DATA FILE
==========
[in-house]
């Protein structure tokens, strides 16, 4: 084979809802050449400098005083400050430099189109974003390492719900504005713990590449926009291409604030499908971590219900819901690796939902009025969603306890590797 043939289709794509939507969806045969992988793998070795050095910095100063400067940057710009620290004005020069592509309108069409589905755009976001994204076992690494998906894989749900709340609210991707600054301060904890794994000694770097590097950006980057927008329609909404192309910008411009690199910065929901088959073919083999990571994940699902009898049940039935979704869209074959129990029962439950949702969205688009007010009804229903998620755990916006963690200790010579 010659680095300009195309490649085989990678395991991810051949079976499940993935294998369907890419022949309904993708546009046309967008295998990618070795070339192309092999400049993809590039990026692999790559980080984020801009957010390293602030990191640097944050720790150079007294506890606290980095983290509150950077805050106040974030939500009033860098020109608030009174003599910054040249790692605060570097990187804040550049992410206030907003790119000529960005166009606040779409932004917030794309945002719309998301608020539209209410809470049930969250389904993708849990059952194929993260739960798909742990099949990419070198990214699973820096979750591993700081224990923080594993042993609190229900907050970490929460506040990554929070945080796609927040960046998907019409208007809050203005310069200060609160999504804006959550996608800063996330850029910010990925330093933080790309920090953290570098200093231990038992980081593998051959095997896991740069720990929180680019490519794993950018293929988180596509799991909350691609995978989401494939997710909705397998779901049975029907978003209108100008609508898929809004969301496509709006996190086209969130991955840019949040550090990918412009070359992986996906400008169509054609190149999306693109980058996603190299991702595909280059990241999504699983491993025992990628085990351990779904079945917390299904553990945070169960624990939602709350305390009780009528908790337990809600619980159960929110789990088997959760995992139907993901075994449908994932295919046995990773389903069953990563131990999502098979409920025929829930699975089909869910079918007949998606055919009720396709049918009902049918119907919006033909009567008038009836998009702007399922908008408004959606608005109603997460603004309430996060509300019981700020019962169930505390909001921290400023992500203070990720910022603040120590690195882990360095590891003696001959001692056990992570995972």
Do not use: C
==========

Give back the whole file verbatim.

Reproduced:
[in-house]
């Protein structure tokens, strides 16, 4: 084979809802050449400098005083400050430099189109974003390492719900504005713990590449926009291409604030499908971590219900819901690796939902009025969603306890590797 043939289709794509939507969806045969992988793998070795050095910095100063400067940057710009620290004005020069592509309108069409589905755009976001994204076992690494998906894989749900709340609210991707600054301060904890794994000694770097590097950006980057927008329609909404192309910008411009690199910065929901088959073919083999990571994940699902009898049940039935979704869209074959129990029962439950949702969205688009007010009804229903998620755990916006963690200790010579 010659680095300009195309490649085989990678395991991810051949079976499940993935294998369907890419022949309904993708546009046309967008295998990618070795070339192309092999400049993809590039990026692999790559980080984020801009957010390293602030990191640097944050720790150079007294506890606290980095983290509150950077805050106040974030939500009033860098020109608030009174003599910054040249790692605060570097990187804040550049992410206030907003790119000529960005166009606040779409932004917030794309945002719309998301608020539209209410809470049930969250389904993708849990059952194929993260739960798909742990099949990419070198990214699973820096979750591993700081224990923080594993042993609190229900907050970490929460506040990554929070945080796609927040960046998907019409208007809050203005310069200060609160999504804006959550996608800063996330850029910010990925330093933080790309920090953290570098200093231990038992980081593998051959095997896991740069720990929180680019490519794993950018293929988180596509799991909350691609995978989401494939997710909705397998779901049975029907978003209108100008609508898929809004969301496509709006996190086209969130991955840019949040550090990918412009070359992986996906400008169509054609190149999306693109980058996603190299991702595909280059990241999504699983491993025992990628085990351990779904079945917390299904553990945070169960624990939602709350305390009780009528908790337990809600619980159960929110789990088997959760995992139907993901075994449908994932295919046995990773389903069953990563131990999502098979409920025929829930699975089909869910079918007949998606055919009720396709049918009902049918119907919006033909009567008038009836998009702007399922908008408004959606608005109603997460603004309430996060509300019981700020019962169930505390909001921290400023992500203070990720910022603040120590690195882990360095590891003696001959001692056990992570995972």
Do not use: C